The obtained results highlight the importance of spatio-temporal mobility features in predicting the financial outcomes of individuals. This approach is fundamentally different from those often employed in current state-of-the-art methods. Most financial institutions use capacity, capitals or collaterals (e.g. property owned, reserve cash, debt-to-income ratio) which are static, one-time data to estimate the credit-worthiness of a customer, or use segmentation approaches which put many individuals into one unified bucket (e.g. based on age, gender, or educational qualifications) [1012, 2829]. The emergence of individual transaction profiles for each customer now allows for creation of rich personalized models of each user’s behavior that can be used to predict their behavior. Also we note that the kind of analysis described here can be done incrementally during the month before the payment deadlines, thus allowing preemptive remedies before a user starts missing her payments and becomes delinquent.

The improvements over the comparable demographic models by the behavioral models for different financial outcomes have ranged from 30% to 49%. We consider these to be highly significant given that they can impact a trillion dollar market segment of credit card limit decisions and credit repayment. The analysis has shown that behavioral factors have a higher predictive power than the well-established demographic features. Our results also corroborate recent findings on human mobility patterns being highly unique [3032] and largely consistent over time [8], often occurring within the home range [20], and being intricately connected with socio-demographic variables [8, 33]. They also underscore the utility of employing a foraging lens to studying human financial behavior [34].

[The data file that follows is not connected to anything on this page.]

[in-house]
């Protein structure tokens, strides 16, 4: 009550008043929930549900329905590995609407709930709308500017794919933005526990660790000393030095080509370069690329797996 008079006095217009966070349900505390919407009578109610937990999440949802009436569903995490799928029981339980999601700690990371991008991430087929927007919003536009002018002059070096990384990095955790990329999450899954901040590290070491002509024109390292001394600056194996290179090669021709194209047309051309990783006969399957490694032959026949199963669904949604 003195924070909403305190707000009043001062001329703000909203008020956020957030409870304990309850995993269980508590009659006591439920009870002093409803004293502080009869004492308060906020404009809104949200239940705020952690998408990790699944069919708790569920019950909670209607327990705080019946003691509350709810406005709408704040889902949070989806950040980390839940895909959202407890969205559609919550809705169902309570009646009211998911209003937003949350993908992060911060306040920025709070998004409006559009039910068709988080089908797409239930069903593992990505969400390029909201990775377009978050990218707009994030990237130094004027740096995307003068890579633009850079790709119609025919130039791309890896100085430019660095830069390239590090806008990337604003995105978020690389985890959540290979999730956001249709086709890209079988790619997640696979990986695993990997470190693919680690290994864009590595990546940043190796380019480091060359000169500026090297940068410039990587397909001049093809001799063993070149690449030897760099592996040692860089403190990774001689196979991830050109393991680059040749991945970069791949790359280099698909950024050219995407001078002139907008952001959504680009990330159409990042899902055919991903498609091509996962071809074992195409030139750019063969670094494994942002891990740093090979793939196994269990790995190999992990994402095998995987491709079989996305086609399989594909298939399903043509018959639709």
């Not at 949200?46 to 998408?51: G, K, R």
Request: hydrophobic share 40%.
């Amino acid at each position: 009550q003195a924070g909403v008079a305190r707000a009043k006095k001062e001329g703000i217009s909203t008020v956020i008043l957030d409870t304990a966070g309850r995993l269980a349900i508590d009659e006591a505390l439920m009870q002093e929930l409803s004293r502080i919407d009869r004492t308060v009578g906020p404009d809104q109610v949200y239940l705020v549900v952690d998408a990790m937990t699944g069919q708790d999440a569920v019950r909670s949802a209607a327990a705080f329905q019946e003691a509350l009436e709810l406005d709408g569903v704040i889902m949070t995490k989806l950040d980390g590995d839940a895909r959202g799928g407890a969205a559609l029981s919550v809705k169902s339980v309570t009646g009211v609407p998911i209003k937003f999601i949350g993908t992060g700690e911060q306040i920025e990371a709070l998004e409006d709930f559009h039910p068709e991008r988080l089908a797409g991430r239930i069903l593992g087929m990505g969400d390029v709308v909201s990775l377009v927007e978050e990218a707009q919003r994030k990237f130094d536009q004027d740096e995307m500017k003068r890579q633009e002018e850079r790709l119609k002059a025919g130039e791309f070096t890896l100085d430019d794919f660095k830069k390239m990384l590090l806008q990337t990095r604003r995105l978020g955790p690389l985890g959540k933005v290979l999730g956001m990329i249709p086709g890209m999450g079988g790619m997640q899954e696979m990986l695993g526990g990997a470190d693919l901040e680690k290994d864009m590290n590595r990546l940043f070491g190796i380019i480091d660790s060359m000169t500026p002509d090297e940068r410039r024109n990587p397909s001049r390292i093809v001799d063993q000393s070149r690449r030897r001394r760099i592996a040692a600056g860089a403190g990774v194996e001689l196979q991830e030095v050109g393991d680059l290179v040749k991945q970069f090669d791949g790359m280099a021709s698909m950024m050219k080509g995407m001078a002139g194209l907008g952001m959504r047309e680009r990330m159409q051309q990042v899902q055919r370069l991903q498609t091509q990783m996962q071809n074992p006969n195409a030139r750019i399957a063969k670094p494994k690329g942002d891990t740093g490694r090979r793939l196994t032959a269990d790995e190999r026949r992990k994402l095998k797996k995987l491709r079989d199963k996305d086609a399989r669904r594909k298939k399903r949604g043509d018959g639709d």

The use of space and time data to compute behavioral descriptors allows for the use of intuitive and well-understood behavioral markers. With the geo-coding of more and more financial data (ATMs, POS machines, customer and business addresses) and better understanding of user’s mobility (GPS coordinates or cell tower-based locations) as they go about their daily business, we expect the spatio-temporal data available for creating such profiles to only get richer and more robust.

These behavior-to-outcome connections also have implications for the privacy of users [32]. The obtained results show the deep interconnections between human mobility data and financial outcomes. Our hope is that the results presented here will raise user awareness on the implications of sharing mobility data. For example, according to a recent industry report, 42% of mobile apps request access to GPS location data [35] and many of these apps (e.g. a flashlight [36]) may not even need this information for their intended purpose. While there are reasonably explicit guidelines regarding the use of demographic variables for banking and loan purposes (e.g. The Fair Housing Act of 1968 [37]), and online data (White House’s proposed 2012 Privacy Bill of Rights [38]), there is no such awareness or a set of guidelines about the use of mobility data. The findings of a public study like this one are critical to motivating a discussion on the right policy parameters surrounding mobility and behavioral data.